Tendering may be done openly or restrictively, depending on the unique needs of the procuring entity.

Whatever the tendering method, whether open or restricted, the entire tendering process must meet the set objectives of the procuring entity or potential client.



a)Open tendering

Open tendering may be national or international depending on the market supply capacity. In open tendering, any willing supply source is free to treat the offer. Open tendering whether national or international is characterized with the following features:

  • All willing supply sources or contractors are free to apply or treat the offers.
  • The offer will be advertised in newspapers of wider geographical coverage.
  • The required works must be accurately specified.
  • The information given in the tender documents must be uniform to all the tenderers.
  • The criteria for awarding the contract must be clearly spelt out in the tender document.
  • The deadline date and time for submission of the tender bundles must be clearly indicated.
  • The tender documents may be obtained upon payment of a non- refundable fee set by the tender committee.
  • Tenderers or their authorized agents are allowed to attend the tender open exercise.
  • Tender documents delivered after the deadline date and time will be returned back to the owners unopened.
  • Tender documents will be submitted in plain sealed envelopes.
  • Tender documents must guide the tenderers on where to obtain and deposit completed tender documents.
  • Any alteration in the information in the tender documents will be communicated to all the applicants.



  • Earns the organization good reputation in the market for fairness, transparency and accountability.
  • Increases supply sources for the selection of the best contractors.
  • Sourcing expenses are recovered through tendering fee.
  • Ensures that the contract terms and conditions are to the advantage of the

procuring entity.

  • Less involving in terms of cost, time and administration.
  • Enables new contractors to gain a hold in the market.
  • Prepares the potential supply source or contractor in advance on the expectation of the procuring entity or client.



  • Loss of tender fee by tenderer incase of withdrawal or failure to win contract or failure to sign contract documents in time.
  • Tenderer cannot vary contracting terms and conditions even when such terms are harsh.
  • Some of the wordings in the tender documents may be too technical to interpret by the tenderer.
  • Tenderer has no free hand to modify the information in the tender documents once submitted to the procuring entity.
  • High possibility of appeals by unsuccessful tenderers leading to delays.
  • The procuring entity may get many applications leading to high administration work.
  • Good contractors in the market tend to shy off for fear of their trade secrets leaking to outsiders including their competitors.


It is a form of negotiation after receiving formal tender documents from applicants but before selecting the eventual winner of the tender. It is usually initiated to discuss some pertinent issues with a view to making improvements in some tender subject matter e.g. quality, costs, lead time etc.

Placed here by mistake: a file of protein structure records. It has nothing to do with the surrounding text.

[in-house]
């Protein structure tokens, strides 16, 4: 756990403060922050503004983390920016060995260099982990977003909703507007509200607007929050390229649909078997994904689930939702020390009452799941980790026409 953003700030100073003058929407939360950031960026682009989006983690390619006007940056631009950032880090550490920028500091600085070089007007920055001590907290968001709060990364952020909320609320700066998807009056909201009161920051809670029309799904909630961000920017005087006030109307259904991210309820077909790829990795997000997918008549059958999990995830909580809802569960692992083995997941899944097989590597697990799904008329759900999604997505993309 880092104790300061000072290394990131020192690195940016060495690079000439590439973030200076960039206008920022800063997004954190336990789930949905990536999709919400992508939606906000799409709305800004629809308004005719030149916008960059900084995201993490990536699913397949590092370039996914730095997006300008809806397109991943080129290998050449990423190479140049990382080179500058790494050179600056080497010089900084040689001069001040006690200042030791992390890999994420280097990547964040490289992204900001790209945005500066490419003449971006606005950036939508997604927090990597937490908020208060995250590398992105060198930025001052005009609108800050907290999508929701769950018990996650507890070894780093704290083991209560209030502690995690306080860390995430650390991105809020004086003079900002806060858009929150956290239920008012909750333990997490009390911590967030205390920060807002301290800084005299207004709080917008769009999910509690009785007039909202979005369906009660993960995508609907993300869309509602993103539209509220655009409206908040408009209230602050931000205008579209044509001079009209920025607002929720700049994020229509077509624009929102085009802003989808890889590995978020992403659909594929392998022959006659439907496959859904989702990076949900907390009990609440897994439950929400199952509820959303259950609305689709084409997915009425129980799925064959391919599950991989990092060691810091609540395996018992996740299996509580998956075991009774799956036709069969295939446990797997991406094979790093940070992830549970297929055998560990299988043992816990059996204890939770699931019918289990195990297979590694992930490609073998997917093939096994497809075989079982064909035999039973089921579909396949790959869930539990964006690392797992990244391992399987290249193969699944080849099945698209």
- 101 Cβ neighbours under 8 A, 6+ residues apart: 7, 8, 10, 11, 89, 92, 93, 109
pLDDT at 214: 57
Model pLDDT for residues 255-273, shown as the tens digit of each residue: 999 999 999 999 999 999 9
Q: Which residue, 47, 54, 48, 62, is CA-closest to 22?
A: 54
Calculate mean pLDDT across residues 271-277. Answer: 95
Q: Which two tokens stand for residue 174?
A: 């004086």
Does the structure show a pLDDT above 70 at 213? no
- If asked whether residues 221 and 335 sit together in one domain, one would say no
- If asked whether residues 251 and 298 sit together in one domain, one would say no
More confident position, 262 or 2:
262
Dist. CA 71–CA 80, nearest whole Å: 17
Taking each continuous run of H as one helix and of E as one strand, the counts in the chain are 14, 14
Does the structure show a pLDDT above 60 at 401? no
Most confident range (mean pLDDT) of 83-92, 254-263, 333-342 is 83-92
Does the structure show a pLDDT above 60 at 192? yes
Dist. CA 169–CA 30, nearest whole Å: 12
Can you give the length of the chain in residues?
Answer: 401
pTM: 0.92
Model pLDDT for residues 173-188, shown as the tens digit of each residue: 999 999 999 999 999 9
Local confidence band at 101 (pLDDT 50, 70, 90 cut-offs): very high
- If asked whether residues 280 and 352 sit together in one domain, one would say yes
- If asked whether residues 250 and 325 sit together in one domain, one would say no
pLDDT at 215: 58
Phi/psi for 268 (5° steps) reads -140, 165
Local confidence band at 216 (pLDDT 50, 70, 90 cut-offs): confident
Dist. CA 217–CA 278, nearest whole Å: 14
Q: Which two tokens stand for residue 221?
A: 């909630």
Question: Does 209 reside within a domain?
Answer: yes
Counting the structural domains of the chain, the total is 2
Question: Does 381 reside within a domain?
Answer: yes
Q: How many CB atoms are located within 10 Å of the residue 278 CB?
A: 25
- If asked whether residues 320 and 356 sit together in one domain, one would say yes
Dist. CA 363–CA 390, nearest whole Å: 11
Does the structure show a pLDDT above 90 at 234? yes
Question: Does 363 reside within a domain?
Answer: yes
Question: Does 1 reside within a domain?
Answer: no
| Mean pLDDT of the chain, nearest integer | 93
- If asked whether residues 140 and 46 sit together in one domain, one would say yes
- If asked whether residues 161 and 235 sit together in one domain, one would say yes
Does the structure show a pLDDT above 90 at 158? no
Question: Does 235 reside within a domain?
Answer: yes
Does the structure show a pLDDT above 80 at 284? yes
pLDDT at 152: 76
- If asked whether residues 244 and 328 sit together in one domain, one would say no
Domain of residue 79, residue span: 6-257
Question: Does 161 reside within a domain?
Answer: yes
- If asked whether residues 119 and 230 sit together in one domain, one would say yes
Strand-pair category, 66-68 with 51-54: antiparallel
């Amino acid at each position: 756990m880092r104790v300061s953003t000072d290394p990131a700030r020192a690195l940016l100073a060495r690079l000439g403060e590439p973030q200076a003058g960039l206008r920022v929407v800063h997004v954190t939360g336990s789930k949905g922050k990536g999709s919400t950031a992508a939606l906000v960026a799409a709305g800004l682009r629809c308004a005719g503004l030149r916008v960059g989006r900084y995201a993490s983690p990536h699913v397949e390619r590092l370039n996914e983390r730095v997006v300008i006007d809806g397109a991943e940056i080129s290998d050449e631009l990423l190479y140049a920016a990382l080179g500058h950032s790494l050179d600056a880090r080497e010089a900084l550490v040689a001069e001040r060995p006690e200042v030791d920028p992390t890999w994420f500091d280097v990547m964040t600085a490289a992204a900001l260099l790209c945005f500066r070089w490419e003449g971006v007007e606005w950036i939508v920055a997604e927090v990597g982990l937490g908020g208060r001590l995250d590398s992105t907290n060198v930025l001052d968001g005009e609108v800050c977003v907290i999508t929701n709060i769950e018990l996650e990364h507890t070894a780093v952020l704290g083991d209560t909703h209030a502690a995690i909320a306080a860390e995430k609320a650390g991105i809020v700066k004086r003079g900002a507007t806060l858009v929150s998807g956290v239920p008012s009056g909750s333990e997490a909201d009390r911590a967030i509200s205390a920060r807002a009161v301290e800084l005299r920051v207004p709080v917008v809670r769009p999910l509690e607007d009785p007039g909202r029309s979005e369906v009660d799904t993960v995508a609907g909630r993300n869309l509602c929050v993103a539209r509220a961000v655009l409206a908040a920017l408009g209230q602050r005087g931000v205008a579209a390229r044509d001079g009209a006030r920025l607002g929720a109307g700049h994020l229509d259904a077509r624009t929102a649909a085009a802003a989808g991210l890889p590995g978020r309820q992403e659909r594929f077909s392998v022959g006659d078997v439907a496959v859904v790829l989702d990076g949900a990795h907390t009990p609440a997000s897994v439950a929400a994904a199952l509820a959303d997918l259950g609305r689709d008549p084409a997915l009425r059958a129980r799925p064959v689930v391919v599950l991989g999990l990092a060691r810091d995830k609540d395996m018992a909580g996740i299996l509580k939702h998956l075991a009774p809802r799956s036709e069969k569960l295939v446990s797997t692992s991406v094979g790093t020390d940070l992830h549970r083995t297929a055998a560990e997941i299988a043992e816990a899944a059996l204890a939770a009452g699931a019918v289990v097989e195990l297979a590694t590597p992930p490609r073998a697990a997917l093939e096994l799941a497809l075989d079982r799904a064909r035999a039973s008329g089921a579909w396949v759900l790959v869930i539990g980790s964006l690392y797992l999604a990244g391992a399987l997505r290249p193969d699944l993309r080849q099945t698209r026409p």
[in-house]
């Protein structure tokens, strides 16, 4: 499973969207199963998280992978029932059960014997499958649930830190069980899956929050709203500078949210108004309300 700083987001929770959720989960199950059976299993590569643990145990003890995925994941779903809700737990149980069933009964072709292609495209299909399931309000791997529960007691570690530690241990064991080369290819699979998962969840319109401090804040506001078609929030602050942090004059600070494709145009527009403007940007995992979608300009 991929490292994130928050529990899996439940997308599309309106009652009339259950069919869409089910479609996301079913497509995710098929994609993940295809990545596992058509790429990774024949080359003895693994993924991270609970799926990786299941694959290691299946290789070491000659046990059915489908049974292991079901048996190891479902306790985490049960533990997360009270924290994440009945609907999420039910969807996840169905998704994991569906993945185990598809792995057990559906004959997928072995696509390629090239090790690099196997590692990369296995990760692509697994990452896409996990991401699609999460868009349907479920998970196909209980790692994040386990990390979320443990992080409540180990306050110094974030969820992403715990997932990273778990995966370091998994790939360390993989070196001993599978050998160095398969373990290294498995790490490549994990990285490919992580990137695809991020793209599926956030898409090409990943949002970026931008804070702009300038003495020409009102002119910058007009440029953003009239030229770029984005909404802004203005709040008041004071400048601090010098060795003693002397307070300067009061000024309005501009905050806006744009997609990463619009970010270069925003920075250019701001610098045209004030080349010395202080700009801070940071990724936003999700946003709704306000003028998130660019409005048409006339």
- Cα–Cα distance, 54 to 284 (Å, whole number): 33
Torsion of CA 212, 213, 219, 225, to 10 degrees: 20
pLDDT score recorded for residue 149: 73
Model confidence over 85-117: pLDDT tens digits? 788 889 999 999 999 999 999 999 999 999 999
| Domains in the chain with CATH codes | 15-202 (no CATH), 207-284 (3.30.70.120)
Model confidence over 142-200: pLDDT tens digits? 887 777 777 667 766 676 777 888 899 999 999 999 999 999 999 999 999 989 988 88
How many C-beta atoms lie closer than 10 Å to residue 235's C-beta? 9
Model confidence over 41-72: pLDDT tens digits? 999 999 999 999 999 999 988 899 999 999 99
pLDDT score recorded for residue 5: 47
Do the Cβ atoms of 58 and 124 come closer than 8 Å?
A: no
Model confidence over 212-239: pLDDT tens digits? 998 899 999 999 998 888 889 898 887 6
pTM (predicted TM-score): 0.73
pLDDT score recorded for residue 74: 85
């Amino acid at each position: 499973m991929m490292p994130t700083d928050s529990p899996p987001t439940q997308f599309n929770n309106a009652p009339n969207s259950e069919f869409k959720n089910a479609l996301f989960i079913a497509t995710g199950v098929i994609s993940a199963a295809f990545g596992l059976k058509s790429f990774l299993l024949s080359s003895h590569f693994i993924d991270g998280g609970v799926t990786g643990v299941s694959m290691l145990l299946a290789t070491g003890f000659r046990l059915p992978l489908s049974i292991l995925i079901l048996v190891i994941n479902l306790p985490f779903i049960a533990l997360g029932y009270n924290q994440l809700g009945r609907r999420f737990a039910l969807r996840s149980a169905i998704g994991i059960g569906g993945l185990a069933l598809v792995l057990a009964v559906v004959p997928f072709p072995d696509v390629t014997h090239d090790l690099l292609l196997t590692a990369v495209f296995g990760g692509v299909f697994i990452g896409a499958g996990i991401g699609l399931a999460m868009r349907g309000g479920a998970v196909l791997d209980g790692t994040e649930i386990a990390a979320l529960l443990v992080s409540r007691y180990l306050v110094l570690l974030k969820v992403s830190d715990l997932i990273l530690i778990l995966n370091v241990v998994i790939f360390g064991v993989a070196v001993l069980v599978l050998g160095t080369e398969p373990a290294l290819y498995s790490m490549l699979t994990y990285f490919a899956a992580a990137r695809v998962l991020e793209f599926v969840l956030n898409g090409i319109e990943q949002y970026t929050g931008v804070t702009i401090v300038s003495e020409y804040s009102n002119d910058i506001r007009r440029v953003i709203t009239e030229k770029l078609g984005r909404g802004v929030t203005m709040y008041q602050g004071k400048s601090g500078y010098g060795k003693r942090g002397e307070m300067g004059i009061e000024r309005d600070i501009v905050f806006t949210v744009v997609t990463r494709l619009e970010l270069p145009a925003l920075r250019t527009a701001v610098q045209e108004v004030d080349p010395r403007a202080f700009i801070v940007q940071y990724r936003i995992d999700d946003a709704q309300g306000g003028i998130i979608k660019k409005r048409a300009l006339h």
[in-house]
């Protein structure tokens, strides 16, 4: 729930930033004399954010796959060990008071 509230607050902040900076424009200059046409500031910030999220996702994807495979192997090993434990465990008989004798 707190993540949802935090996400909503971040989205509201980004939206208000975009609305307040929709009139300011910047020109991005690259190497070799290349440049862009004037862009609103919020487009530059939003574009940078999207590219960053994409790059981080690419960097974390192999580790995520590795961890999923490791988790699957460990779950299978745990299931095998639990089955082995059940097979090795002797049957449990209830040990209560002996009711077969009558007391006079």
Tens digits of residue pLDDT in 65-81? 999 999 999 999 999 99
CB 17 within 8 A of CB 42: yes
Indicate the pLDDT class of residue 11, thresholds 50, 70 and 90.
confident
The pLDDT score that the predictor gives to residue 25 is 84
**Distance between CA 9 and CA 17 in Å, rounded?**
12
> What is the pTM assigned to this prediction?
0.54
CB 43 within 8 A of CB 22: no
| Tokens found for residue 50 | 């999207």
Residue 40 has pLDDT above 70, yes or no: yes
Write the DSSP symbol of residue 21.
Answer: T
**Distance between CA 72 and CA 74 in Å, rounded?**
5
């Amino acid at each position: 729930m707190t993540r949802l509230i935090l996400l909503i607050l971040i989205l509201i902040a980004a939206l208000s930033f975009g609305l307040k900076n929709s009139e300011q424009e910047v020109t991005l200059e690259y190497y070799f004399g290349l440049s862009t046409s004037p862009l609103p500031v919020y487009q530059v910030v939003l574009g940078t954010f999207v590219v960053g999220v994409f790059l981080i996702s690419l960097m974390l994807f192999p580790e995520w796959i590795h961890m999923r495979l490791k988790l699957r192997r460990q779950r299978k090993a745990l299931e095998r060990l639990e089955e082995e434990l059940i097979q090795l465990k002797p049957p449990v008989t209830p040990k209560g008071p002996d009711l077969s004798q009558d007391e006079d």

1. b) Restricted tendering

Type of tendering where only few identified prospective profitable contractors are invited to submit their proposals or quotations for consideration unlike open tendering, each prospective contractor is handled individually with the discussed data remaining confidential.

After analytical comparison and contrast of proposals submitted, evaluation is carried out based on both technical and commercial benefits. Thereafter the most profitable contractor is awarded the tender.


Circumstances  for  using  restricted  tenders

  • If the provisions required are unique.
  • If there are only fewer contractors with required capacity.
  • If there is need to maintain both client’s and contractor’s trade secrets.
  • If the required provisions are urgent.
  •  If it is organization’s own policy that certain specific procurement requirements be sourced through restricted tendering.
  •  If there are only few approved contractors in market capable of meeting client’s requirements.
  •  If the client is a non- profit maker and not interested in commercial aspects but superior quality.
  •  If other tendering methods have failed before. If the client is an old player in the market and understands market conditions very well.



  • Eases sourcing for contractors with unique service provisions.
  • Ensures that organization’s trade secrets are maintained and kept confidential.
  • Enhances urgent construction works.
  • Ensures that organization’s policies are adhered to strictly.
  • Reduces sourcing costs as only few contractors are handled.
  • Improves confidence in the contractor relationship.
  • Reduced administration cost.
  • Reduced lead times.
  • Motivates the supply source for having been recognized in the industry.



  • Reduced competition hence compromised quality and total costs.
  • Denies an opportunity to other would be better contractors.
  • Difficulty in developing new and better contractors in the market.
  • Encourages malpractices as tendering process is not open to ensure fairness, transparency and accountability.
  • Client may end up not getting the right contractor thus resulting into delays.
  • Gives the client bad history and reputation in the market.
  • New clients in the market may not find this method practicable as they lack knowledge and information on contractors to restrict themselves to.